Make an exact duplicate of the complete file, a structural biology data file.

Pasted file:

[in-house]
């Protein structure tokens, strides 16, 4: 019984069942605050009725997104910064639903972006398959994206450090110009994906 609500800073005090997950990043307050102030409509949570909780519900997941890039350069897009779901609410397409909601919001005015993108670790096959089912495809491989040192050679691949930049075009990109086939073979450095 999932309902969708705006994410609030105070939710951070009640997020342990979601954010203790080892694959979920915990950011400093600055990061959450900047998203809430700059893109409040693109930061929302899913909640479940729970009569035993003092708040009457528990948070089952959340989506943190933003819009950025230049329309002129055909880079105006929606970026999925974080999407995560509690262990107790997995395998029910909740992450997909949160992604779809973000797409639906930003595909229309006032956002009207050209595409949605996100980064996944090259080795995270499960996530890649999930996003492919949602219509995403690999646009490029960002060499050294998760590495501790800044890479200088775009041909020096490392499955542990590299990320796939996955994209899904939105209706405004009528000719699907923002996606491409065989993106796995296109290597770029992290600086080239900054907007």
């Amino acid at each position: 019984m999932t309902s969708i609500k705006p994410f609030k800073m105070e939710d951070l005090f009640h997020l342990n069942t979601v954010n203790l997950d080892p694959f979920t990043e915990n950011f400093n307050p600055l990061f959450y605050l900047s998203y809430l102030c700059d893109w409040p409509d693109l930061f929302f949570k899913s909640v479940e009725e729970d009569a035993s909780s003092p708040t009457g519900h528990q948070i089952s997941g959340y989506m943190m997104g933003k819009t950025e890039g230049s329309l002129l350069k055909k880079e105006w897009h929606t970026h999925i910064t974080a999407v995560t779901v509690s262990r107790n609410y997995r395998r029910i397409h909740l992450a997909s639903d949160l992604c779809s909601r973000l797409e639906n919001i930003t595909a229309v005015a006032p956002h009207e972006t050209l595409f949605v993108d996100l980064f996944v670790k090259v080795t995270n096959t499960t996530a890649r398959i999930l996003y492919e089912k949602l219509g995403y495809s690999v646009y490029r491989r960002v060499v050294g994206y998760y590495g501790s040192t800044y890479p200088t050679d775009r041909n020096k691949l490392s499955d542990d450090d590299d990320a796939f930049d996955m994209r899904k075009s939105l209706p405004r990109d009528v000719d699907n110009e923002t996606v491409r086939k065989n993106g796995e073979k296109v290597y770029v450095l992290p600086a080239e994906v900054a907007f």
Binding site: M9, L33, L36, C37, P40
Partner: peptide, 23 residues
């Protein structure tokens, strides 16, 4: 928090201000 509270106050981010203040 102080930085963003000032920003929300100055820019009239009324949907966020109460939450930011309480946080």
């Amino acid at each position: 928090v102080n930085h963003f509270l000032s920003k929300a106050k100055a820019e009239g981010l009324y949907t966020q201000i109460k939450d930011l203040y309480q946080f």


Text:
[in-house]
């Protein structure tokens, strides 16, 4: 019984069942605050009725997104910064639903972006398959994206450090110009994906 609500800073005090997950990043307050102030409509949570909780519900997941890039350069897009779901609410397409909601919001005015993108670790096959089912495809491989040192050679691949930049075009990109086939073979450095 999932309902969708705006994410609030105070939710951070009640997020342990979601954010203790080892694959979920915990950011400093600055990061959450900047998203809430700059893109409040693109930061929302899913909640479940729970009569035993003092708040009457528990948070089952959340989506943190933003819009950025230049329309002129055909880079105006929606970026999925974080999407995560509690262990107790997995395998029910909740992450997909949160992604779809973000797409639906930003595909229309006032956002009207050209595409949605996100980064996944090259080795995270499960996530890649999930996003492919949602219509995403690999646009490029960002060499050294998760590495501790800044890479200088775009041909020096490392499955542990590299990320796939996955994209899904939105209706405004009528000719699907923002996606491409065989993106796995296109290597770029992290600086080239900054907007």
């Amino acid at each position: 019984m999932t309902s969708i609500k705006p994410f609030k800073m105070e939710d951070l005090f009640h997020l342990n069942t979601v954010n203790l997950d080892p694959f979920t990043e915990n950011f400093n307050p600055l990061f959450y605050l900047s998203y809430l102030c700059d893109w409040p409509d693109l930061f929302f949570k899913s909640v479940e009725e729970d009569a035993s909780s003092p708040t009457g519900h528990q948070i089952s997941g959340y989506m943190m997104g933003k819009t950025e890039g230049s329309l002129l350069k055909k880079e105006w897009h929606t970026h999925i910064t974080a999407v995560t779901v509690s262990r107790n609410y997995r395998r029910i397409h909740l992450a997909s639903d949160l992604c779809s909601r973000l797409e639906n919001i930003t595909a229309v005015a006032p956002h009207e972006t050209l595409f949605v993108d996100l980064f996944v670790k090259v080795t995270n096959t499960t996530a890649r398959i999930l996003y492919e089912k949602l219509g995403y495809s690999v646009y490029r491989r960002v060499v050294g994206y998760y590495g501790s040192t800044y890479p200088t050679d775009r041909n020096k691949l490392s499955d542990d450090d590299d990320a796939f930049d996955m994209r899904k075009s939105l209706p405004r990109d009528v000719d699907n110009e923002t996606v491409r086939k065989n993106g796995e073979k296109v290597y770029v450095l992290p600086a080239e994906v900054a907007f």
Binding site: M9, L33, L36, C37, P40
Partner: peptide, 23 residues
């Protein structure tokens, strides 16, 4: 928090201000 509270106050981010203040 102080930085963003000032920003929300100055820019009239009324949907966020109460939450930011309480946080």
């Amino acid at each position: 928090v102080n930085h963003f509270l000032s920003k929300a106050k100055a820019e009239g981010l009324y949907t966020q201000i109460k939450d930011l203040y309480q946080f």